Much of the secular political theory I’m learning now focuses on the role of the working class (roughly: people whose waged labor is exploited in order to drive the economy) and their special liberatory potential: namely, the chance to take direct control of the work they are *already doing* to power the capitalist economy (from assembling televisions to picking strawberries), and instead open up the possibility for truly democratic, humane, self-governing and self-supporting economies. There are a lot of questions about what exactly the working class ‘is,’ what ‘it thinks,’ what ‘it does,’ and what ‘it can do or become,’ but regardless of one’s views on that, it’s pretty clear that monastics are not a part of the working class. But that doesn’t mean they might not play a constructive role.
For instance, other groups that aren’t a part of the “working class,” as classically defined? Unpaid caretakers, non-wage-earning children, prisoners (including, of course, political prisoners), the chronically unemployed, “peasants,” and more. Clearly important as people, vital to the fabric of society or “the economy” as a whole, and historically very active in social movements and uprisings. But I am still looking for more and more examples of the special roles that each group can play in the transition beyond capitalism.
One idea I’ve heard is the “self-negating vanguard,” or basically people (working-class or not) who assemble some solid transformational/confrontational anti-capitalist praxis (theory + practice) and methodically spread or share it with the working class until the vanguard itself, now unnecessary, deliberately dissolves. This model still emphasizes the working class as the primary group to enact fundamental change, but at least there’s some sort of mechanism for heterogeneous class involvement.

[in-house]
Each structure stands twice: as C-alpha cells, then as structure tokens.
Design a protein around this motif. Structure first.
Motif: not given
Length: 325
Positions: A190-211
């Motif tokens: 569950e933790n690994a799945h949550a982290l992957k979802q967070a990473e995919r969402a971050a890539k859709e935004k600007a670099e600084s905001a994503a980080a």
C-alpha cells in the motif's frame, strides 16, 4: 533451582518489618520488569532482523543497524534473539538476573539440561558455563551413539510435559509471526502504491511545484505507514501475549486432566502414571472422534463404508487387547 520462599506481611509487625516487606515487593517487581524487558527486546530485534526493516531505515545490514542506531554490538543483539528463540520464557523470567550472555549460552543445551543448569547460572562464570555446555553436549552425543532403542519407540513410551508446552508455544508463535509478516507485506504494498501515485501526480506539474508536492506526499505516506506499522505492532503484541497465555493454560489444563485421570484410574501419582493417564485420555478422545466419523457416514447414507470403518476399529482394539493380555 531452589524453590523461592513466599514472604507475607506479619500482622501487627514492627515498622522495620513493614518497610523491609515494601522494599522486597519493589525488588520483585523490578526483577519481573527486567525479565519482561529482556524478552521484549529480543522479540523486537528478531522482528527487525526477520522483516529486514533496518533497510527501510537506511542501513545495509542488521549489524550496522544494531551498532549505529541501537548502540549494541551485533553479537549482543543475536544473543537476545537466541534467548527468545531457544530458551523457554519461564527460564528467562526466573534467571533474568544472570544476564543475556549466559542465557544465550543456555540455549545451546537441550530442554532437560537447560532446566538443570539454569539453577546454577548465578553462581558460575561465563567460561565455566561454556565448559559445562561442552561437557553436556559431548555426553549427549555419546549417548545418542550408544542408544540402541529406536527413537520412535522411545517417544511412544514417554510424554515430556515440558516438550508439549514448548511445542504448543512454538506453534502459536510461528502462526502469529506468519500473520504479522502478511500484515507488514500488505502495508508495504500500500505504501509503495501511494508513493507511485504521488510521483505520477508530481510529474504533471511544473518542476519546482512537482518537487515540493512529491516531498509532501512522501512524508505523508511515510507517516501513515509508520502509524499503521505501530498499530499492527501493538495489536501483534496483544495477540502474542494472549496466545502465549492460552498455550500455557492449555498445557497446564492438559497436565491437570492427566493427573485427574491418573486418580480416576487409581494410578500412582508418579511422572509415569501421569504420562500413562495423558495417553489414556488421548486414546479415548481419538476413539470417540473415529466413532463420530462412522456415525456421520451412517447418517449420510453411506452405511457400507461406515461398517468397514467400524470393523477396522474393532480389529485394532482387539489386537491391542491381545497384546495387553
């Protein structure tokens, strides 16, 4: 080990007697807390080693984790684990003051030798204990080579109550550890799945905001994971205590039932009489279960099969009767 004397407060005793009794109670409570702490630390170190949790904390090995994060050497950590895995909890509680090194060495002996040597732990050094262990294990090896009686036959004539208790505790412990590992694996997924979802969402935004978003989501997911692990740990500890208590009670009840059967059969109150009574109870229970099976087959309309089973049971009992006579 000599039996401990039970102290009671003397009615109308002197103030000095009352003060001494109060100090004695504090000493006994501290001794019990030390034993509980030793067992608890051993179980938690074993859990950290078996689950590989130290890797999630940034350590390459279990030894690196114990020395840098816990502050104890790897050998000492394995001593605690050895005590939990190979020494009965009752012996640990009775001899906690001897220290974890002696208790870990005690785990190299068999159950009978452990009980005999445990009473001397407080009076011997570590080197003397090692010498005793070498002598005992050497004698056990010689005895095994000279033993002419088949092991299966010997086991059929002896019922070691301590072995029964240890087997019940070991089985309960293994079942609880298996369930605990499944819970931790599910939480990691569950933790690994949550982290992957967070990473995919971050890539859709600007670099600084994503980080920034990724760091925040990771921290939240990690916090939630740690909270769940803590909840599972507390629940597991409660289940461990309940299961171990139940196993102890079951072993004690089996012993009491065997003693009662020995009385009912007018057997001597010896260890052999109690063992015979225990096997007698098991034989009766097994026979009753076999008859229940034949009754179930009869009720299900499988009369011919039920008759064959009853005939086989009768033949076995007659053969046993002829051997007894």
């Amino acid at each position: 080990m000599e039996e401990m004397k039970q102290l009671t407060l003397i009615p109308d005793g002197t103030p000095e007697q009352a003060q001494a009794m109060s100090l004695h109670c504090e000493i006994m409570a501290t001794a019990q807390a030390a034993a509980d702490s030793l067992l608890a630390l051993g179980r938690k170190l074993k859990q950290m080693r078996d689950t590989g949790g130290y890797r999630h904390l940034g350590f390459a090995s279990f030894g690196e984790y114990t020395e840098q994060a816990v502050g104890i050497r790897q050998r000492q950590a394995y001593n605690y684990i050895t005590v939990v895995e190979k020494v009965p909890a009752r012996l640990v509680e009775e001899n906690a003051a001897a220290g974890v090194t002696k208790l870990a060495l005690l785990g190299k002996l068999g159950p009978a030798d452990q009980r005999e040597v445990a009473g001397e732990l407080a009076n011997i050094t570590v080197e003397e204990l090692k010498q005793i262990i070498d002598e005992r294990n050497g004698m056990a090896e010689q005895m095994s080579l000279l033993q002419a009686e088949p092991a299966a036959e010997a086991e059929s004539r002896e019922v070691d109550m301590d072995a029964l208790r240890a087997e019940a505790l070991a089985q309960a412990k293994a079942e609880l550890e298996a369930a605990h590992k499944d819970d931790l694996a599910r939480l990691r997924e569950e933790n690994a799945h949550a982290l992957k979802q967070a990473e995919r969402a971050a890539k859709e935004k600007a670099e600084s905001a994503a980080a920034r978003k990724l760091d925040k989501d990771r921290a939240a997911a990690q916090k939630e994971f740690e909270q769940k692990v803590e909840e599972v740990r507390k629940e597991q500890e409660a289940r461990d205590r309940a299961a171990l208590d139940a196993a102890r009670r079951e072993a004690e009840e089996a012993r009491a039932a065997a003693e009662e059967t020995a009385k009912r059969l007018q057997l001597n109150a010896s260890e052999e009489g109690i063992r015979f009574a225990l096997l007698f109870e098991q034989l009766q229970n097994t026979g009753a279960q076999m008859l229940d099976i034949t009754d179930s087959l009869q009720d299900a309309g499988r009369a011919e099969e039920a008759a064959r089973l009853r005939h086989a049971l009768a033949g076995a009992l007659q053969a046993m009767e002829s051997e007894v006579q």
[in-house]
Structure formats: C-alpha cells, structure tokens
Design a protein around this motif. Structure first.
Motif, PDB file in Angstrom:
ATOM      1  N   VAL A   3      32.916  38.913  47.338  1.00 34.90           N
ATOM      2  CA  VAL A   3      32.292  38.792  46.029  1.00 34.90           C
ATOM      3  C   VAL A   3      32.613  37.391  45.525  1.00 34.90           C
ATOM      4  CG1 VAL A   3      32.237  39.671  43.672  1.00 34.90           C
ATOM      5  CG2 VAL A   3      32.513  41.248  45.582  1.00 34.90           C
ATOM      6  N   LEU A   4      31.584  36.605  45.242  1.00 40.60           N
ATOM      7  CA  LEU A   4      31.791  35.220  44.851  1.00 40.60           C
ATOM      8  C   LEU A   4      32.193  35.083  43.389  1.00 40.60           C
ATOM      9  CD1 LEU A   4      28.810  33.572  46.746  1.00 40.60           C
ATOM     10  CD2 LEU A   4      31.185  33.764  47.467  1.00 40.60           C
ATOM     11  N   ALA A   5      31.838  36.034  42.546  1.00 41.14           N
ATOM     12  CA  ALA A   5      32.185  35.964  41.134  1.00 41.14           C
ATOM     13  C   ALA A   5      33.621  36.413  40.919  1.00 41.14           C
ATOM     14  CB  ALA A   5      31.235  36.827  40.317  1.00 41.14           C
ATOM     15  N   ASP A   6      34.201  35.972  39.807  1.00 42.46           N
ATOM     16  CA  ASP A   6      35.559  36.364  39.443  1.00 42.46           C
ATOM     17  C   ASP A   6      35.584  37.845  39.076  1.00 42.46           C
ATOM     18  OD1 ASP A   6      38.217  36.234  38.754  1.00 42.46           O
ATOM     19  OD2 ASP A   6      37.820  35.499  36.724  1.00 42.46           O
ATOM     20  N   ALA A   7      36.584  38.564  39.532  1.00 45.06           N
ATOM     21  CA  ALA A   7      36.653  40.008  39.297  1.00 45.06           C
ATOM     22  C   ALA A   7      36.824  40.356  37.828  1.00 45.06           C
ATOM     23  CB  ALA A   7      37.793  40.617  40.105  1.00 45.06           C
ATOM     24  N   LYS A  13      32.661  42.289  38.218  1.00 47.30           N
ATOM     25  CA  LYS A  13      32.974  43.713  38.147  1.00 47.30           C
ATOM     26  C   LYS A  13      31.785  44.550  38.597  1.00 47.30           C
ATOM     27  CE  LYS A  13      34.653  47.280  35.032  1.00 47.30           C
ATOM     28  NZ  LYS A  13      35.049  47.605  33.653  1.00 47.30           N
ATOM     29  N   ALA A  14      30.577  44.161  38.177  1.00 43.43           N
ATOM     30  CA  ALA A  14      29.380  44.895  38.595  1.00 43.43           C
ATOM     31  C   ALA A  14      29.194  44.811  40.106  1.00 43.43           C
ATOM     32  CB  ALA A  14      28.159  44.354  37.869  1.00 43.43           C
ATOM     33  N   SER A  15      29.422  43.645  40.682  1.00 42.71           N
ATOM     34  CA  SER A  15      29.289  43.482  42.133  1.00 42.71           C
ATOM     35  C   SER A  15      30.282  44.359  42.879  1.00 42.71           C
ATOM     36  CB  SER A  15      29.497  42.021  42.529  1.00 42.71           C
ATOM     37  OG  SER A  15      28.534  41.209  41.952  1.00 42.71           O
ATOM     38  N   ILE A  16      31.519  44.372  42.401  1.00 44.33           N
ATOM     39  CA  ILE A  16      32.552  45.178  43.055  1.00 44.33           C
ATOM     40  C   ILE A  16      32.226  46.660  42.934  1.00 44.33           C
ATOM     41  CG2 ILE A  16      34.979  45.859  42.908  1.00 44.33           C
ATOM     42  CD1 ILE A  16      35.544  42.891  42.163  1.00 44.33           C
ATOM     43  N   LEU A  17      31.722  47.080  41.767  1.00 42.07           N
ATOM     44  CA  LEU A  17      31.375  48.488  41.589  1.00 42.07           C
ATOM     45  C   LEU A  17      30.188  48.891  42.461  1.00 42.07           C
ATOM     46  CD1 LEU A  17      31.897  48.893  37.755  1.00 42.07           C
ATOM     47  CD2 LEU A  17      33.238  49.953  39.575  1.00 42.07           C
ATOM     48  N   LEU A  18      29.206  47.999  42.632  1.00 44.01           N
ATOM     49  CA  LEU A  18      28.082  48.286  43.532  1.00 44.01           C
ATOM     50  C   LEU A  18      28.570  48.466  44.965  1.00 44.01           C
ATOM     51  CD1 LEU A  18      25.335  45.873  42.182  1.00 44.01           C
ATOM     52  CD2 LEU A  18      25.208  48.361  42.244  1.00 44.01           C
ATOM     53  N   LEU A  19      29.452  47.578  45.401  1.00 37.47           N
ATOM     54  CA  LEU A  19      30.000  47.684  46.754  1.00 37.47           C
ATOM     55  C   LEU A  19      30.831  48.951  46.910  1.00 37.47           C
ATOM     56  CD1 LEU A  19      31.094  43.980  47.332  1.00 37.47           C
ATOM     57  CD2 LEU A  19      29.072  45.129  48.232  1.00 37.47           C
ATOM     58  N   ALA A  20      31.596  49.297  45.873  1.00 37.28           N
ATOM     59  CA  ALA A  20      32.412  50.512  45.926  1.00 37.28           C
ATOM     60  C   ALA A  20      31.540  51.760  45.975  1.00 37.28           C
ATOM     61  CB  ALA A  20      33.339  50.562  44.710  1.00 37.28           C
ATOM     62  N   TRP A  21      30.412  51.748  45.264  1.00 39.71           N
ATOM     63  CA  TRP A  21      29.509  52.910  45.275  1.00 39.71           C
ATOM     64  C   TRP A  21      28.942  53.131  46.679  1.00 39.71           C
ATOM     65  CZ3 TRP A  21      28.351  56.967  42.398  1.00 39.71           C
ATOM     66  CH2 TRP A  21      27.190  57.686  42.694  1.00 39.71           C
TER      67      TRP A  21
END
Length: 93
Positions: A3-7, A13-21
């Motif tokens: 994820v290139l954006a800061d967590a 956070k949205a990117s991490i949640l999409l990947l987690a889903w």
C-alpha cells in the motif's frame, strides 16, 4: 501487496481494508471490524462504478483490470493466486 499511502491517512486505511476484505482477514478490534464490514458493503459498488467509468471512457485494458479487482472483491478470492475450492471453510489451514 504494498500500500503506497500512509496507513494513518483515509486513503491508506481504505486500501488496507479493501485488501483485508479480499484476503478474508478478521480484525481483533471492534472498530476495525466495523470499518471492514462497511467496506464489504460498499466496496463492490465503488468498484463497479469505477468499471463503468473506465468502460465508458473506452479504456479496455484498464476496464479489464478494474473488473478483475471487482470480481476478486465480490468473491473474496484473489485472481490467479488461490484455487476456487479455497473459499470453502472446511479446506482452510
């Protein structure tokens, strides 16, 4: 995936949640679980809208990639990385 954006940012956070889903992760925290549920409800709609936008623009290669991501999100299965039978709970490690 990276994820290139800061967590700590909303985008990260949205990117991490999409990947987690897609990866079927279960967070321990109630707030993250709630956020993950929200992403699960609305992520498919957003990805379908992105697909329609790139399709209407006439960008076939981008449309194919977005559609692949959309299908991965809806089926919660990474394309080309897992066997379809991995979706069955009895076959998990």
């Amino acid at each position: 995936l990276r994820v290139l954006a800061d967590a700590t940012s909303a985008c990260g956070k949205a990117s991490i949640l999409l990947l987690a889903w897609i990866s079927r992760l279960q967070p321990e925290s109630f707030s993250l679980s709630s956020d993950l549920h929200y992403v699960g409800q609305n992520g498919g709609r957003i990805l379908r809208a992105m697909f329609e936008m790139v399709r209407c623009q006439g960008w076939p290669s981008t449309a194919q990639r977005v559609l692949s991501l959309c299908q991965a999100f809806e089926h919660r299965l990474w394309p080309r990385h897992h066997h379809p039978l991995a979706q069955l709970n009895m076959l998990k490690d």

The danger of a vanguard, of course, is that it will likely turn into some sort of self-appointed, solidified “leadership” or dictatorship, which is not only unhealthy for any movement as a whole, but also tends to encourage sellout-style collaboration with other ‘powerful leaders’ in the ruling class. Brokering deals with those in power, ostensibly on behalf of the people, tends to doom a movement to reformism. In what little dharmic political writings I’ve come across, there’s a strong tone of this negative (or un-self-conscious) vanguardism: something like a special spiritual class that ‘counsels’ or directly controls the political and economic affairs of a country. This sounds pretty terrible to me, as I imagine it would to you!
But my rambling and half-baked point is: I believe that monastics have something special to offer as we work together to transition beyond capitalism. But I don’t know what it is. Maybe it is the very way of life of a renunciate, living thanks to the generosity of others. Maybe this is too literal, crude, or utopian a reading (after all, the whole world probably won’t become monks and nuns!) and the answer is something more subtle. I would love to hear other people’s thoughts!
Again, thank you for commenting, and for all your inspiring vigor and insight at the Symposium on Western Socially Engaged Buddhism this month!
Also, JOMO! I realized I never responded to you to say hey and thank you for all the grins your comment brought me! I can’t wait to hear more of your thoughts on this stuff, and your own experiences with the practitioner/rev combination.
I’m really feeling you on drawing inspiration from the Burmese, Tibetan, and Vietnamese resistors. I’d love to read up more on the histories of each: any recommendations? Thich Nhat Hanh seems to have cornered the market on Vietnamese “socially engaged Buddhism” marketed in the US…
Orientalism is such a pernicious barrier to solidarity. The pervasive US miseducation: “Everything important in Asia happened way back In Ancient Times.” I realize how much this internalized racism has affected me whenever I experience a little jolt of surprise from learning about (or meeting) a contemporary revolutionary-minded person from East Asia or Southeast Asia. Just this month at a conference on Western Socially Engaged Buddhism I met a guy in his early 40s, from Korea, who had been a Marxist revolutionary combatant in the civil-war-like “Democracy Movement” of the mid-1980s. The small awakening-shock is good but also scary.